Kyle is a friend of mine, my former juggling instructor, and was a great help teaching with me at The Nueva School. He is also sponsored by Gballz, and put out this incredible video recently where he takes his Gballz for a spin. Kyle is more commonly known for juggling large Dube’ stage balls, so this video is full of crazy multiplex tricks that aren’t really feasible with stage balls but become possible (for him…) with beanbags. Enjoy!
This video by Ryan Mellors is a great example of how you take what could have been a relatively standard juggling video, and by adding movement and style you turn it into something much more. If you study dance or gymnastics, think about how you could incorporate it into your juggling to make your juggling more interesting. If you don’t, but you enjoy juggling, think about whether dance might give you a whole new perspective on things.
Slight language warning: I noticed at least one inappropriate word in the soundtrack to this video, and I usually try to steer clear of such things when sharing videos with students. In this case I decided not to let that stop me from sharing an otherwise really interesting video. Just be forewarned.
Today in class, someone asked me if it was possible to juggle using both your hands and feet. In general these days, when the question is, “Is it possible to juggle like
And Jorden Moir
(That second video behaved sort of strangely for me; hopefully it works better for you)
This past Friday was our first class of the 2013 school year at The Nueva School. Welcome to our new jugglers, and welcome back to our returning students! I think our first class went great; our newcomers are learning fast, and people who could previously juggle jumped right back into the swing of things. I had told our new jugglers that I would post some ideas on making juggling balls. If you don’t currently have anything to practice with, try any of these:
- Take 3 tennis balls. Use a utility knife or something similar (carefully!) to slice a hole in each one. Fill them part way with rice, sand, or pennies. Try to keep all 3 balls about the same weight. Glue up the hole you cut, or stretch balloons over the entire ball. The latter looks and feels better, but is kind of a pain to do.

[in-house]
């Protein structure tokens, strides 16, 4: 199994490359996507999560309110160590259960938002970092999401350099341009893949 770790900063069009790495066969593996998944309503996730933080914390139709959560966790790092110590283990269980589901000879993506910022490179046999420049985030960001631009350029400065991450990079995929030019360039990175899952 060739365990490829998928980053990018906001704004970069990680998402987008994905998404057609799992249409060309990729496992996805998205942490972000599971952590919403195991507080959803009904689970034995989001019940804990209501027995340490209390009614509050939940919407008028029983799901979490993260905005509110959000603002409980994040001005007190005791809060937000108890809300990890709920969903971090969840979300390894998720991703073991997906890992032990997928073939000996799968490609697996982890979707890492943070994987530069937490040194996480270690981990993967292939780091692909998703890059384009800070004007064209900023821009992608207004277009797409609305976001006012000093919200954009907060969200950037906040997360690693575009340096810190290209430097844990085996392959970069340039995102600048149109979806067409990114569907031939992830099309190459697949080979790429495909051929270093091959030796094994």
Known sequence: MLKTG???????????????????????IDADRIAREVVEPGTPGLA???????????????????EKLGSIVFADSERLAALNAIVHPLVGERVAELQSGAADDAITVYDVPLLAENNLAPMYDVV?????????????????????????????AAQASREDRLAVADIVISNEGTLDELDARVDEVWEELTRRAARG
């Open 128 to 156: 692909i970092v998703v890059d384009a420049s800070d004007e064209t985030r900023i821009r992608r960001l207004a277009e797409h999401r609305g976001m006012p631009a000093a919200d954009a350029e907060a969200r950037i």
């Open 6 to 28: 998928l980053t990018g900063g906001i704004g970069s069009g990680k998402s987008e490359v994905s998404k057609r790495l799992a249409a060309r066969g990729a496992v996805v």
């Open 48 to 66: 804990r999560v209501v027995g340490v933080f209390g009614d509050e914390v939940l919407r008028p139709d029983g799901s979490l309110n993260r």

- Take 3 sandwich bags. Fill each one part way with rice or sand. Tie them shut. Stretch a few balloons around them to give them a bit more uniform shape and better grip.
- If you happen to have Play Pit balls (those hollow plastic balls in the play pit at McDonalds or whatever), you can make russian juggling balls out of them. My current technique is to use a power drill to drill a small hole in each one. Then squish the ball in upon itself at the point of the hole. You’ll end up kinda making a funnel into the ball out of the ball itself. Dump sand or salt into the little “well” you made in the ball until the ball is about 1/4 to 1/3 full. The smaller the hole, the slower this part goes, but the less likely the ball will end up leaking. Once the ball is sufficiently full, squish/knead around the edges of the “well” until the ball is round again. Then seal up the hole. Putting electrical tape over the hole is quick and easy, but may not look that great. Using something like hot melt glue can be pretty inconspicuous, but is more of a pain and can leak if you don’t get it right.
- I do have some sets of juggling balls “in stock” to sell to students. I occasionally buy them at wholesale pricing, and pass on the savings to students. You can see what I have for sale by browsing the Props listings here on this site, and if you see something you want, drop me an email and I’ll bring them to the next class.
And remember – when you are first learning, practice by walking up to a bed so you are juggling over the bed. When you drop, you won’t have to bend over as far to pick up. I actually don’t recommend learning while sitting/kneeling, because it tends to encourage holding your hands too high.
And perhaps the first time it has ever been done? This is the 8 ball version of the “tower series” of siteswaps. In these tricks, each throw goes lower than the previous one, so that the balls all land in the reverse order they were thrown. The 3 ball version, 531, is a pretty reasonable trick to learn early on – if you take lessons with me, I’d be happy to help you with it sometime. I’m getting close to my first 97531 (the 5 ball version), but haven’t quite landed it yet. You can see Alex do a few DB97531 in this video as well. Enjoy!
Wes is one of the most popular jugglers performing today, and this video will give you an idea why. Aside from being an outstanding technical juggler, his acts are full of so much creativity. I’ve watched him perform with non-jugglers, and had them ask me, “What is that he just did?”, and the answer is usually, “I have no idea. Nobody really does. That doesn’t have a name; that’s just Wes doing his thing.” Watch how he makes use of the entire stage, incorporates body movement, has a wide variety of throws and catches, moves between props, mixes props, etc. etc. I think this was filmed at the 2012 St. Louis festival, where I first saw him perform live.
I like this video because so many jugglers get into the hobby, and immediately start viewing it as a race to see how many they can do. Falco makes it clear that you could spend a lifetime just making 3 balls look amazing. He does dabble in 4 (and briefly 5) balls in this video, but numbers is hardly the point.